Our next Herculean task after dropping off the few bags of groceries at Ed’s house is to find a rental car for my trip to Trinidad tomorrow.

In my first 36 hours on island I realize why the aunt who arrived in the U.S. most recently had scoffed at my idea of writing a book about Cuban regional food and cooking here. Meat has been optional, as has been any variety in produce.

I might be surprised by the cuisine I’ll find on my travel outside the bubble of Havana, we’ll see. Something tells me regional cuisine will also be optional.

Featured image shows empty shelves in one of Havana’s best grocery stores, Supermercado 70. Photo taken by Iris Gonzalez.

Did you miss my first post in the Cuban travelogue series? You can read it here.


5 thoughts on “Food is Optional: Grocery Shopping in Cuba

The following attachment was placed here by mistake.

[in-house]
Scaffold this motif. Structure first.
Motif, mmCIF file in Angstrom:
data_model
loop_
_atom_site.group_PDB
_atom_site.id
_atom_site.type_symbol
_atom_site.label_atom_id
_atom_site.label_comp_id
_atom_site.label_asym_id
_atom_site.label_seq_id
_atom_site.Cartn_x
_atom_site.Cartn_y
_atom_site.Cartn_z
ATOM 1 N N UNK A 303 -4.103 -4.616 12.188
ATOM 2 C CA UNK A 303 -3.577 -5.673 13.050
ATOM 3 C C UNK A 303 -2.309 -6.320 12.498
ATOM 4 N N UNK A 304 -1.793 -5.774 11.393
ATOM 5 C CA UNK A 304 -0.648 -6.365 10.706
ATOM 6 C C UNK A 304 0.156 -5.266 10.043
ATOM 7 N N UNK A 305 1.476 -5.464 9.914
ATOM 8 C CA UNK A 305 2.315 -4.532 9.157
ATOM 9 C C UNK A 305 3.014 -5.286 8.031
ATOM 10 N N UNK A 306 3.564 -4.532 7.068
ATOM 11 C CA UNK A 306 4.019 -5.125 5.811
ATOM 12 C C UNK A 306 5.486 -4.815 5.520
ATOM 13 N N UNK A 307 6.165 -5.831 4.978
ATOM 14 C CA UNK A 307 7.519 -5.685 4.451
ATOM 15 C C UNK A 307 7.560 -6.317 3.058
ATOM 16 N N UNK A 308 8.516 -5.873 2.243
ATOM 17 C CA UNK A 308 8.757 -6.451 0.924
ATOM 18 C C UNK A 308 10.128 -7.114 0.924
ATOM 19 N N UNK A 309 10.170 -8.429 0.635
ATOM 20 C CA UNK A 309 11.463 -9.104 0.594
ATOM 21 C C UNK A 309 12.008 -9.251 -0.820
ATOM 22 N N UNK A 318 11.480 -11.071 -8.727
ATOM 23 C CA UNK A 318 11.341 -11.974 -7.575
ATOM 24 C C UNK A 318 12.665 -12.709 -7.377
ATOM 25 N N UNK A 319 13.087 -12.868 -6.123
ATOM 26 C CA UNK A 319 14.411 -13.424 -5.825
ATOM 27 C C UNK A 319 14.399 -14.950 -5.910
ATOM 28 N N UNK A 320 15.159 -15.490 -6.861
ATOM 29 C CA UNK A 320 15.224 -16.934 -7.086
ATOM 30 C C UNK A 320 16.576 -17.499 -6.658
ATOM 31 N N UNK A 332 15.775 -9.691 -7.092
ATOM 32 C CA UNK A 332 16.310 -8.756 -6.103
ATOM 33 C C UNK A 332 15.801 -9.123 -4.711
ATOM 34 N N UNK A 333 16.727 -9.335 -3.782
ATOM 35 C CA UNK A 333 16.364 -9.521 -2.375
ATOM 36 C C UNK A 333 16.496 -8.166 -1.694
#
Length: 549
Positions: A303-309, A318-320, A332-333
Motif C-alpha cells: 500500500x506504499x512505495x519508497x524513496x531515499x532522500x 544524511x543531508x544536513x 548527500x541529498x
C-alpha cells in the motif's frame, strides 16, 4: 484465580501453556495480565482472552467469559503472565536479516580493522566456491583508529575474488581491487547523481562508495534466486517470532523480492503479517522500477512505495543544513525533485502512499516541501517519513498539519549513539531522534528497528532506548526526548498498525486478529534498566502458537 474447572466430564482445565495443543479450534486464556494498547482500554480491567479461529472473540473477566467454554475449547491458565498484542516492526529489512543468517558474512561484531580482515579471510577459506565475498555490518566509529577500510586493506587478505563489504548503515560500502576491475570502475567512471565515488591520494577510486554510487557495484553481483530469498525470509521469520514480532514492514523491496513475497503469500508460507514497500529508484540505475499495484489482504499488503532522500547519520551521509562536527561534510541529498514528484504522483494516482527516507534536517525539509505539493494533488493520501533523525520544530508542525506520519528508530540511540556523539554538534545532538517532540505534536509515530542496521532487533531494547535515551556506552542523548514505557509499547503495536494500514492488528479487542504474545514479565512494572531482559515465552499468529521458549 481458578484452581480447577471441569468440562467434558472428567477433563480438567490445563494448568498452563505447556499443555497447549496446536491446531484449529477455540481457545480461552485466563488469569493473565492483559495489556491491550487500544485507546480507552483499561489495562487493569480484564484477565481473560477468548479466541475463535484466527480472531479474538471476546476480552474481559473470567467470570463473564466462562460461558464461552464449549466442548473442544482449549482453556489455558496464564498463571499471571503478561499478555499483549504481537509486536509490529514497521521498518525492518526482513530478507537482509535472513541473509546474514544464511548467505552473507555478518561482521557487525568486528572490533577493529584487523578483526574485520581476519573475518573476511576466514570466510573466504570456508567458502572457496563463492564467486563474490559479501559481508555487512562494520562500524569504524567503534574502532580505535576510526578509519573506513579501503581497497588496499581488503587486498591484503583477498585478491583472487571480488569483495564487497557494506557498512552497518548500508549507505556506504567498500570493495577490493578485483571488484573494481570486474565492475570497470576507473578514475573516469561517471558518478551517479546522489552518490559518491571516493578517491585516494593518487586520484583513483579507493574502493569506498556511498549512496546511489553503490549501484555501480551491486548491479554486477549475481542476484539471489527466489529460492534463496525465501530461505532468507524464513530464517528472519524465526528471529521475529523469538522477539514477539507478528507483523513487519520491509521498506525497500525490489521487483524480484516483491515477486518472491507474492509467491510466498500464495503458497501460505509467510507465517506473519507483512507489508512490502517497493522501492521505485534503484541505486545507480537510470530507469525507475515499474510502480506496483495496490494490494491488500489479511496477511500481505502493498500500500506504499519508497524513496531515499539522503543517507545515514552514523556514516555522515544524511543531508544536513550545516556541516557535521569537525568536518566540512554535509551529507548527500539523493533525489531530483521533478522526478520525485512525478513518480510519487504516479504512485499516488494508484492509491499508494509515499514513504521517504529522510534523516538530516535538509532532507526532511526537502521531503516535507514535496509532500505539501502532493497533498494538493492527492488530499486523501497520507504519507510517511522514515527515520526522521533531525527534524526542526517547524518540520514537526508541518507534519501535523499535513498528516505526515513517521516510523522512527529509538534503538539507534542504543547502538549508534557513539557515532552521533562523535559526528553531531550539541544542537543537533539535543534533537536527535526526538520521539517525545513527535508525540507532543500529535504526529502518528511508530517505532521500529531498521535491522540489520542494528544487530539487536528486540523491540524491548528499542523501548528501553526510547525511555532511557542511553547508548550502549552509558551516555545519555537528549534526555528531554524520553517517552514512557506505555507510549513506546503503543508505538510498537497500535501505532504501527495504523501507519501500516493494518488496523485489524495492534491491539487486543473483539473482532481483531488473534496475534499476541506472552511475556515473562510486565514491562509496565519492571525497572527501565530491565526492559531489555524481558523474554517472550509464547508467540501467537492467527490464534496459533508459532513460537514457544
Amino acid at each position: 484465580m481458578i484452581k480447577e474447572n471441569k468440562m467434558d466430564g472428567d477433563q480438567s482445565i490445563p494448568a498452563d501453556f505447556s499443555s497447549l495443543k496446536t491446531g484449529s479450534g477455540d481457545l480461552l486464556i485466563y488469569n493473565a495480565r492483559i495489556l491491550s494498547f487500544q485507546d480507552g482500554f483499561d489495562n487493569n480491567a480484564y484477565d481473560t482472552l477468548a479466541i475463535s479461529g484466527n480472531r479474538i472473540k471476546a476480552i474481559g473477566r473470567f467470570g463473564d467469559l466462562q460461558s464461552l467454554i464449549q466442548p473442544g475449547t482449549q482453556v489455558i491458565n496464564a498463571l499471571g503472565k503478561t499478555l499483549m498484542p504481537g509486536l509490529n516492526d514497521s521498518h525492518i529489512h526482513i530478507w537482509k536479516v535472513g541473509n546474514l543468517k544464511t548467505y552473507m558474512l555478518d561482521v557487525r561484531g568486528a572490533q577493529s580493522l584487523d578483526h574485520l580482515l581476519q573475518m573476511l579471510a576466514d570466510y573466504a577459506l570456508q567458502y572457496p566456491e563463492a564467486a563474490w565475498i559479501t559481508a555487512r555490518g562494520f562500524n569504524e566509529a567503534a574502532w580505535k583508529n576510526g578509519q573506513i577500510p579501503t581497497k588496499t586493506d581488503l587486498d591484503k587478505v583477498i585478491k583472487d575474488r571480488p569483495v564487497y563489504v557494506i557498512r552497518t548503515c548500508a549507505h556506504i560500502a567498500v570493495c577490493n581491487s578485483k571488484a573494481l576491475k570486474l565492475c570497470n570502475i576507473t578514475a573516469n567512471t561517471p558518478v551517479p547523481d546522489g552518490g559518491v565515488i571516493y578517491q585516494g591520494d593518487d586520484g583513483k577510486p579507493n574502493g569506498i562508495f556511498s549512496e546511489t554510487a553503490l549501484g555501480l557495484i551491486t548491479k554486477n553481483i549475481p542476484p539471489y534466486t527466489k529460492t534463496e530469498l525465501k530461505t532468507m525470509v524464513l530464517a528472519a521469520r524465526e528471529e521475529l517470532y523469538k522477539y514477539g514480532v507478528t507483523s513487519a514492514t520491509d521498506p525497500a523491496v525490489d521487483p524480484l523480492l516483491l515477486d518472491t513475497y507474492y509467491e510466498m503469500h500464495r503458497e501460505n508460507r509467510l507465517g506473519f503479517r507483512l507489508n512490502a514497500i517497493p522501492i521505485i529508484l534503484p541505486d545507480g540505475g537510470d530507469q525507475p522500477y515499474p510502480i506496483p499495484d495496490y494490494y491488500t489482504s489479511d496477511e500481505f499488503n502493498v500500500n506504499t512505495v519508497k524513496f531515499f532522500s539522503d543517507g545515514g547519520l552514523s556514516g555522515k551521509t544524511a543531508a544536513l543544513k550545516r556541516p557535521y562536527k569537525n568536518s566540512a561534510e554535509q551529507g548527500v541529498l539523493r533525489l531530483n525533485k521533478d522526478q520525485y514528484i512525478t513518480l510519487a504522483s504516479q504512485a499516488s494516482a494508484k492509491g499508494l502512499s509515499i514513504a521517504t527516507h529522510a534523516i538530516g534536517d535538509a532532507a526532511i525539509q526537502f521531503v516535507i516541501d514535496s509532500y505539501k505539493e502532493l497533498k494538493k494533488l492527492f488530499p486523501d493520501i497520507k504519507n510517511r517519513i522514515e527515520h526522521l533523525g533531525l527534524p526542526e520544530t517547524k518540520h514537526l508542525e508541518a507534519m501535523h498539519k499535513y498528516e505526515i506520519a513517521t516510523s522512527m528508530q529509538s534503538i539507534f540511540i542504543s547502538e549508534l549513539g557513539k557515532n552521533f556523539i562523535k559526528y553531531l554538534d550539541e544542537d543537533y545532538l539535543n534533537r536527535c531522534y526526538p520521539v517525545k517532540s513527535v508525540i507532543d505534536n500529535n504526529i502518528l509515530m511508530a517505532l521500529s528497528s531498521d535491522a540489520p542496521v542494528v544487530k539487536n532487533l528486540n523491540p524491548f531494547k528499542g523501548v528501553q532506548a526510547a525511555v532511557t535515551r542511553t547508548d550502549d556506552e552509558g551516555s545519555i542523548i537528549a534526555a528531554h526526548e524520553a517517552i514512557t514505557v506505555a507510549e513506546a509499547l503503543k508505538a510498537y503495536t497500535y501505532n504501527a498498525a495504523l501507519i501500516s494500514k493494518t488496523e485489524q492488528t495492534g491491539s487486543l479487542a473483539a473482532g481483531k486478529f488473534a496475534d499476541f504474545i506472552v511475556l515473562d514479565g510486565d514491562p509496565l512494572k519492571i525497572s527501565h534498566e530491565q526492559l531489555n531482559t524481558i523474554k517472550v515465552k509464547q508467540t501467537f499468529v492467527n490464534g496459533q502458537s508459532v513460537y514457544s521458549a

1. Shari

    On my visit, we as religious tourists ate fairly well in the priest residences and restaurants. But I was intrigued by how thinly they could slice the fruit, by how the “fish” looked and tasted and by how often we got rice and beans! One young Cuban man told me it would be illegal for him to eat the minced lobster we were served at a restaurant. I’ll have to share with you the story I wrote.

  2. Roberta Forester

    This was so interesting, just the kind of REAL I am always interested from travelers (I mean what more is there to say about most tourist spots). I knew some of this from talking with you and reading previous blog posts, but this is coming together beautifully–congratulations! I will be sharing with friends and can’t wait for the next installment

    • Iris Gonzalez

      Thanks! The next installment is about getting a rental car in Cuba…and almost having a nervous breakdown in the process. A relaxing read.